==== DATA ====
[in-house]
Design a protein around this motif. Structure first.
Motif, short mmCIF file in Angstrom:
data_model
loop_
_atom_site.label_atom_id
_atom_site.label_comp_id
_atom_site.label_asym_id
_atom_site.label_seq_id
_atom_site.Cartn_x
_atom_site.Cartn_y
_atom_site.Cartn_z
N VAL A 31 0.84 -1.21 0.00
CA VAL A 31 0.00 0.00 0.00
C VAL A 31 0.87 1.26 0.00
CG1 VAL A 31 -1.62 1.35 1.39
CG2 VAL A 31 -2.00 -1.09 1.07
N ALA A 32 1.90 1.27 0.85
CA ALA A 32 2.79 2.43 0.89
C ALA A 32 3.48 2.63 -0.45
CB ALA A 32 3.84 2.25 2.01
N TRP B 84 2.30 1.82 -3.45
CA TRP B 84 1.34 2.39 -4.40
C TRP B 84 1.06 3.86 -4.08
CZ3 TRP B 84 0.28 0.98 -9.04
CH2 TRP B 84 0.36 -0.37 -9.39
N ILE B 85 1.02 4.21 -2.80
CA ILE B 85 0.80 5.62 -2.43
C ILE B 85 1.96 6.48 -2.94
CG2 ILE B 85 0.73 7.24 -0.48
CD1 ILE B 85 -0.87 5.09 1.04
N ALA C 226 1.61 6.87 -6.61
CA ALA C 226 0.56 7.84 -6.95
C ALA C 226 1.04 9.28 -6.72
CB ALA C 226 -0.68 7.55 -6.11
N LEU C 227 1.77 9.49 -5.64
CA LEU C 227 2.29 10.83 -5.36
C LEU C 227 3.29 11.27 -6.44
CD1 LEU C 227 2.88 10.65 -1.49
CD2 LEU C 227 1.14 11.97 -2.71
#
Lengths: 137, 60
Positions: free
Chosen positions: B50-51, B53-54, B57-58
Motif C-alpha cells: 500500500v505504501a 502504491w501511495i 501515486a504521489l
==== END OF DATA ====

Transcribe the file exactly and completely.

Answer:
[in-house]
Design a protein around this motif. Structure first.
Motif, short mmCIF file in Angstrom:
data_model
loop_
_atom_site.label_atom_id
_atom_site.label_comp_id
_atom_site.label_asym_id
_atom_site.label_seq_id
_atom_site.Cartn_x
_atom_site.Cartn_y
_atom_site.Cartn_z
N VAL A 31 0.84 -1.21 0.00
CA VAL A 31 0.00 0.00 0.00
C VAL A 31 0.87 1.26 0.00
CG1 VAL A 31 -1.62 1.35 1.39
CG2 VAL A 31 -2.00 -1.09 1.07
N ALA A 32 1.90 1.27 0.85
CA ALA A 32 2.79 2.43 0.89
C ALA A 32 3.48 2.63 -0.45
CB ALA A 32 3.84 2.25 2.01
N TRP B 84 2.30 1.82 -3.45
CA TRP B 84 1.34 2.39 -4.40
C TRP B 84 1.06 3.86 -4.08
CZ3 TRP B 84 0.28 0.98 -9.04
CH2 TRP B 84 0.36 -0.37 -9.39
N ILE B 85 1.02 4.21 -2.80
CA ILE B 85 0.80 5.62 -2.43
C ILE B 85 1.96 6.48 -2.94
CG2 ILE B 85 0.73 7.24 -0.48
CD1 ILE B 85 -0.87 5.09 1.04
N ALA C 226 1.61 6.87 -6.61
CA ALA C 226 0.56 7.84 -6.95
C ALA C 226 1.04 9.28 -6.72
CB ALA C 226 -0.68 7.55 -6.11
N LEU C 227 1.77 9.49 -5.64
CA LEU C 227 2.29 10.83 -5.36
C LEU C 227 3.29 11.27 -6.44
CD1 LEU C 227 2.88 10.65 -1.49
CD2 LEU C 227 1.14 11.97 -2.71
#
Lengths: 137, 60
Positions: free
Chosen positions: B50-51, B53-54, B57-58
Motif C-alpha cells: 500500500v505504501a 502504491w501511495i 501515486a504521489l